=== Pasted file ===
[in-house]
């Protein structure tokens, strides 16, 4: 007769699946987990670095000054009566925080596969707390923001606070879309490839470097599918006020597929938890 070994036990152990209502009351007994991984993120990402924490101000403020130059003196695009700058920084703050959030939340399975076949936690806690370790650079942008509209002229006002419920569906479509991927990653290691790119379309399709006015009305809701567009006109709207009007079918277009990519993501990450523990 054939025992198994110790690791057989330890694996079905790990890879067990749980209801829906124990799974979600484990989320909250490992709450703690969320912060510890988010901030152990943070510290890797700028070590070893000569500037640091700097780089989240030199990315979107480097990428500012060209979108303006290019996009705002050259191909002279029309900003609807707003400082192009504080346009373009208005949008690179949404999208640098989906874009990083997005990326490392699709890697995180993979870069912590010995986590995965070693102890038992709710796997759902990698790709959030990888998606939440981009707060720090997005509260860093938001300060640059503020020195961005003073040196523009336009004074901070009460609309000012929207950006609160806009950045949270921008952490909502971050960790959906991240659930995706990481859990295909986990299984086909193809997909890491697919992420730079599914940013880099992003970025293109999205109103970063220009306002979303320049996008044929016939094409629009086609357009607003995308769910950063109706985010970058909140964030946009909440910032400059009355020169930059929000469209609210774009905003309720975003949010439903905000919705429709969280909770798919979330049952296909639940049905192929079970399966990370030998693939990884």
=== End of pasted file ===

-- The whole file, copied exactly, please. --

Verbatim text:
[in-house]
């Protein structure tokens, strides 16, 4: 007769699946987990670095000054009566925080596969707390923001606070879309490839470097599918006020597929938890 070994036990152990209502009351007994991984993120990402924490101000403020130059003196695009700058920084703050959030939340399975076949936690806690370790650079942008509209002229006002419920569906479509991927990653290691790119379309399709006015009305809701567009006109709207009007079918277009990519993501990450523990 054939025992198994110790690791057989330890694996079905790990890879067990749980209801829906124990799974979600484990989320909250490992709450703690969320912060510890988010901030152990943070510290890797700028070590070893000569500037640091700097780089989240030199990315979107480097990428500012060209979108303006290019996009705002050259191909002279029309900003609807707003400082192009504080346009373009208005949008690179949404999208640098989906874009990083997005990326490392699709890697995180993979870069912590010995986590995965070693102890038992709710796997759902990698790709959030990888998606939440981009707060720090997005509260860093938001300060640059503020020195961005003073040196523009336009004074901070009460609309000012929207950006609160806009950045949270921008952490909502971050960790959906991240659930995706990481859990295909986990299984086909193809997909890491697919992420730079599914940013880099992003970025293109999205109103970063220009306002979303320049996008044929016939094409629009086609357009607003995308769910950063109706985010970058909140964030946009909440910032400059009355020169930059929000469209609210774009905003309720975003949010439903905000919705429709969280909770798919979330049952296909639940049905192929079970399966990370030998693939990884």